Meyer has top-5 haul of recruits at Ohio State
Two minutes before Rossville, Ga., defensive back Vonn Bell
stepped before the cameras on Wednesday morning to declare where he
would go to school, he dialed Ohio State coach Urban Meyer’s cell
Too anxious to sit still, Meyer had gotten on a treadmill to
burn off his pent-up energy.
”(Bell) said, `You know I’m in, right?”’ Meyer recalled later.
”I said, `No I didn’t know you were in. Congratulations.”’
Bell’s commitment to the Buckeyes was the crowning piece to a
strong recruiting class for Meyer, who was hamstrung a year ago in
his first year at Ohio State because he wasn’t hired until late
November. He termed last year’s recruiting, which netted several
freshmen who made solid contributions to a stunning 12-0 season, as
”a bunch of cowboys out there trying to find players.”
Most major recruiting experts and publications rate the Buckeyes
in the top five in the nation – some even have them No. 1. So,
given a full year to work at it, Meyer and his staff had a huge
The group he brought in was rich in wide receivers along with
help up front and in the secondary on defense.
”We went to bed last night with three guys that were very on
edge as far as where (they were going),” Meyer said. ”I thought
if we hit one out of three, that’d be all right. Two out of three
would be a good day and three out of three would knock it out of
the park. We hit three out of three, so I’m very pleased.”
Bell supplied the biggest get. Rated as a five-star prospect by
most of the top recruiting services, the 6-foot-1, 190-pounder had
146 tackles and three interceptions as a senior at Ridgeland High.
On offense, he had more than 1,700 all-purpose yards and scored 21
He had been rumored to be going to Tennessee – until he pulled
Meyer out of his impromptu workout.
Unhappy with his receiving corps most of last season, Meyer
brought in potential wide-outs James Clark from New Smyrna Beach,
Fla., along with native Ohioans Gareon Conley, Darron Lee and Jalin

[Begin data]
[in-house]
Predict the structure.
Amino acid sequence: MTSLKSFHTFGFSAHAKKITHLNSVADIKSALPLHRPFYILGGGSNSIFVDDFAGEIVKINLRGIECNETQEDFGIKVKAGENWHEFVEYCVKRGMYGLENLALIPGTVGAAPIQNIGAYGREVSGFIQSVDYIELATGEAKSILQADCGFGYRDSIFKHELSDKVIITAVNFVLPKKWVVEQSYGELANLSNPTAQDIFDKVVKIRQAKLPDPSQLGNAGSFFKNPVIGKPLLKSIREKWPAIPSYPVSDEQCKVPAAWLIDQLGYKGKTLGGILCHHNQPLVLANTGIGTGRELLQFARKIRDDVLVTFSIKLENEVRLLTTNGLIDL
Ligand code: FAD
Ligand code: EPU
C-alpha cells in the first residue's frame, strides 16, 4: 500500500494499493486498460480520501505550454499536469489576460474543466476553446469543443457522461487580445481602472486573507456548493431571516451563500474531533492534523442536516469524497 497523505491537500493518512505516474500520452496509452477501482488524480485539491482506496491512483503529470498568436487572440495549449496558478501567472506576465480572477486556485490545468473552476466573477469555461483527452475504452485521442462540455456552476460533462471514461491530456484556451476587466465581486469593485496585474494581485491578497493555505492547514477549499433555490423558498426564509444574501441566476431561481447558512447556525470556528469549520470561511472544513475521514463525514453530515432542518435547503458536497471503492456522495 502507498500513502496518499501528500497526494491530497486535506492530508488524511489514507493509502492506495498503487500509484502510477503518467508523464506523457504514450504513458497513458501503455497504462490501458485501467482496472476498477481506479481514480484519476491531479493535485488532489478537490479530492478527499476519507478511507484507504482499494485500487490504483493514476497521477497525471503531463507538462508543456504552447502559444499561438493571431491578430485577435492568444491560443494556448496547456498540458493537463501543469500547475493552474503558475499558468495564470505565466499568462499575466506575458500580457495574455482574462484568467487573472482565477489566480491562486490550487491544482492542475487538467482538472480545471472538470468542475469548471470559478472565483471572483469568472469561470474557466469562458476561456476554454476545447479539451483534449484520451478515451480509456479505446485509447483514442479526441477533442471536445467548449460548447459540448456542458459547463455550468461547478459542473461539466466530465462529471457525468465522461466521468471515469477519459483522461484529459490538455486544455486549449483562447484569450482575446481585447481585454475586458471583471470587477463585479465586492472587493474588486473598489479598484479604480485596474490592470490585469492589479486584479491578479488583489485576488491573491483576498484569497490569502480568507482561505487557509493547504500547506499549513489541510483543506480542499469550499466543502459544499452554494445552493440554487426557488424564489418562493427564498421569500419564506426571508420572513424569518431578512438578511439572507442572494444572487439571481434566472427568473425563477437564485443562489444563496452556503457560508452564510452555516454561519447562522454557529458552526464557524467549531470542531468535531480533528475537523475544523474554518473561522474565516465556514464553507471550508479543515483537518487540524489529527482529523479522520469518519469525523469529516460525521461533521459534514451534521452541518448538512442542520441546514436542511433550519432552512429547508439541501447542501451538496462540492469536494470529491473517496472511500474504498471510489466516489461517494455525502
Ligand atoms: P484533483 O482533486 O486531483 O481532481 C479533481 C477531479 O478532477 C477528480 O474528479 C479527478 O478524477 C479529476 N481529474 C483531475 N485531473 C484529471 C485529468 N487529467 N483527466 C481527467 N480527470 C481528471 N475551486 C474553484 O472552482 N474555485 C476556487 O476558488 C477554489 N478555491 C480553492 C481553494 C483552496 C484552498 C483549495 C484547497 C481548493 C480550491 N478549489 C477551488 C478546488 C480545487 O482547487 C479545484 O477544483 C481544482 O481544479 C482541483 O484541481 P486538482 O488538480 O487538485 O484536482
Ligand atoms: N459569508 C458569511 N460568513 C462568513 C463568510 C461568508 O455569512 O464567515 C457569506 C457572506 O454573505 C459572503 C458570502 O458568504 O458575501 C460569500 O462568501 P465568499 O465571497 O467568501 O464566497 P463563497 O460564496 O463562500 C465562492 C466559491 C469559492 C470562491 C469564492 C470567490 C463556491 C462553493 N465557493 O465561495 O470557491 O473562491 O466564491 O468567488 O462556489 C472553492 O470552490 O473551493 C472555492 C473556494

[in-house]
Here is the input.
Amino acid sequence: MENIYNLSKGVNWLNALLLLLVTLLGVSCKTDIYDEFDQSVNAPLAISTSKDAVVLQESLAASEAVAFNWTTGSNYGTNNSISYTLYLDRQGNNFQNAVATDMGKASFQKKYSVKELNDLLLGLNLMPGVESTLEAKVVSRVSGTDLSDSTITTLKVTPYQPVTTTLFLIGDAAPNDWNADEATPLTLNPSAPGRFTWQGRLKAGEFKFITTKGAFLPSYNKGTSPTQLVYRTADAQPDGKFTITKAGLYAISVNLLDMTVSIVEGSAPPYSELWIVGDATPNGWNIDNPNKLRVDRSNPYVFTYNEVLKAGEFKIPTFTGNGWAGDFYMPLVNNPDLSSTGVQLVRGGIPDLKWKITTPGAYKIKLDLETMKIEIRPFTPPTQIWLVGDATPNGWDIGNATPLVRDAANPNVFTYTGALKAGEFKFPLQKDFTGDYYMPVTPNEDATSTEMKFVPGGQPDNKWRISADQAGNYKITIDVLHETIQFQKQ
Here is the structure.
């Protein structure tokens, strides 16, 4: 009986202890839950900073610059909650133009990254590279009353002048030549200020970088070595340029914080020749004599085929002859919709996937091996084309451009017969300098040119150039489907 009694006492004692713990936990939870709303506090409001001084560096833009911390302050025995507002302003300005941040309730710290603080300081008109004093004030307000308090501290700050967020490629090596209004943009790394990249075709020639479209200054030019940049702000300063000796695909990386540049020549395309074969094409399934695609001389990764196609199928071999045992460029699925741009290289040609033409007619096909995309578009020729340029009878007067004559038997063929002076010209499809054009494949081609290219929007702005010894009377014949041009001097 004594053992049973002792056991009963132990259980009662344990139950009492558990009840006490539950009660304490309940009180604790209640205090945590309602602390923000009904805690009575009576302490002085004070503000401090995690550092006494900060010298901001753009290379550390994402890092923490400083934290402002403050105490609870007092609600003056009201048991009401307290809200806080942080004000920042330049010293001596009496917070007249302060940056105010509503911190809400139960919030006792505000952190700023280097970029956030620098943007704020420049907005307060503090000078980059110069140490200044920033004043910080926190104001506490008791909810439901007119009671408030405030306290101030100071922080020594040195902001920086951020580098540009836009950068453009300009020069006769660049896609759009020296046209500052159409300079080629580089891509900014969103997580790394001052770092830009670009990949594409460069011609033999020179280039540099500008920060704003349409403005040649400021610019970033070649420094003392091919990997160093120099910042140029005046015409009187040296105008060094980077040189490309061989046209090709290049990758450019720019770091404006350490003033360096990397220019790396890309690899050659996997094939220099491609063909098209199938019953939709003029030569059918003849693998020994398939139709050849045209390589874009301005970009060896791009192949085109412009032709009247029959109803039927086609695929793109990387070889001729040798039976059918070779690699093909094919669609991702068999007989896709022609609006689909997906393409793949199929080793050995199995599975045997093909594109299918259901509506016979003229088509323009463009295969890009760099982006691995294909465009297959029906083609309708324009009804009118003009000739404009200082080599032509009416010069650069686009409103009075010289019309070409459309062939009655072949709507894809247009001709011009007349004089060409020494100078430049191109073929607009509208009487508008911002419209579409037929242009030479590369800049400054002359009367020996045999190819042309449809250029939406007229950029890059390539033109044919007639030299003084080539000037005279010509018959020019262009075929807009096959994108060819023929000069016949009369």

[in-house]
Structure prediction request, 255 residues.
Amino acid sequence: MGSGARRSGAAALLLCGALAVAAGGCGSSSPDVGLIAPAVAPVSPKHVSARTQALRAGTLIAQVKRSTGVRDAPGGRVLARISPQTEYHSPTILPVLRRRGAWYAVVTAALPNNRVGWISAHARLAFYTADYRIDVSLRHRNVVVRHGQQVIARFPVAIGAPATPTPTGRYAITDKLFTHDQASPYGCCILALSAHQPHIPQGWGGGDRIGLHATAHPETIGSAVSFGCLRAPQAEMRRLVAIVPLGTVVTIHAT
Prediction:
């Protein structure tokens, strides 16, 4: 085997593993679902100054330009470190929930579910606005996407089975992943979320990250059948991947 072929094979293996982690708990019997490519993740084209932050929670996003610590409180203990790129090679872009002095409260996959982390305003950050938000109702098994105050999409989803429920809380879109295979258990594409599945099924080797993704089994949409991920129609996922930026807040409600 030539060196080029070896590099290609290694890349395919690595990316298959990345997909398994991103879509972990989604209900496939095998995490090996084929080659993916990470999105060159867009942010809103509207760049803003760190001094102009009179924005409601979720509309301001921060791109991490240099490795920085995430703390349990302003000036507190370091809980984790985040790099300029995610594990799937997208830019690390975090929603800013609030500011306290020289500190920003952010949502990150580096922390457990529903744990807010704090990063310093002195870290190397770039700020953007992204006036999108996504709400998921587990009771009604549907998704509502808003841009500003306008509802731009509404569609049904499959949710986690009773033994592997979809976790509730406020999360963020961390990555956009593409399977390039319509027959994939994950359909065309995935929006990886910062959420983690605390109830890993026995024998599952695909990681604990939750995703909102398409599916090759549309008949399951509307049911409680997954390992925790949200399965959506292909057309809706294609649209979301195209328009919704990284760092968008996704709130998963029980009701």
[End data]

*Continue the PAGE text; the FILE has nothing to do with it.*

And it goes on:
Marshall, and JC transfer Corey Smith.
Meyer’s offense requires deep threats and players who can
stretch the field – and a defense. He said he’s getting closer to
getting those weapons.
”When you run an offense where you want three or four split
guys all the time, and you only have one or two – it’s not
enough,” Meyer said. ”We’re starting to get a little bit of that
built up. We just didn’t have enough make-you-miss guys on offense
(last year). I think we addressed that.”
If there was an area where the Buckeyes came up short, it was
offensive linemen. They lost one senior from last year’s team
(right tackle Reid Fragel) and will lose starters Jack Mewhort,
Andrew Norwell, Corey Linsley and Marcus Hall after the 2013
season. Yet they signed just Tim Gardner, a 6-5, 320-pounder from
Indianapolis, and Evan Lisle, 6-6 and 290 from Centerville, Ohio,
in this year’s class.
Although they finally have last year’s bowl ban behind them, the
Buckeyes are still facing NCAA-mandated recruiting restrictions
that limit them by three scholarships this year and next. Meyer
said he didn’t think that would be a problem this season, although
he said even the loss of three scholarships can deprive a team of a
player who might blossom into a great contributor.
With the help of offensive coordinator Tom Herman, who used to
be an assistant coach at Rice, the Buckeyes made inroads in the
Lone Star state. They landed three prime players out of Texas in
quarterback J.T. Barrett, linebacker Mike Mitchell and running back
Late in the day, they added running back Ezekiel Elliott from
St. Louis as their 24th and final member of the class.
Meyer said he hopes in the future to get more players out of
Ohio and then ”cherry pick” top players from the south and
Asked if he was chasing after Alabama, which has won three of
the last four national championships, and the Southeastern
Conference, which has won the last seven national titles, Meyer
didn’t deny it.
He said the recruits he was pursuing at Ohio State weren’t
different from the ones that the Crimson Tide and the rest of the
SEC were after.
”Us and 130 other schools (are after) guys who run really fast
and are tough,” he said. ”There is a little bit of a chase going
on after the SEC. That’s fine. You have to give credit where credit
is due. And if that’s a perception that we’re chasing them, that’s
fine. I wouldn’t disagree with you.
”We want to increase the speed on our team a little bit.”
Follow Rusty Miller on Twitter: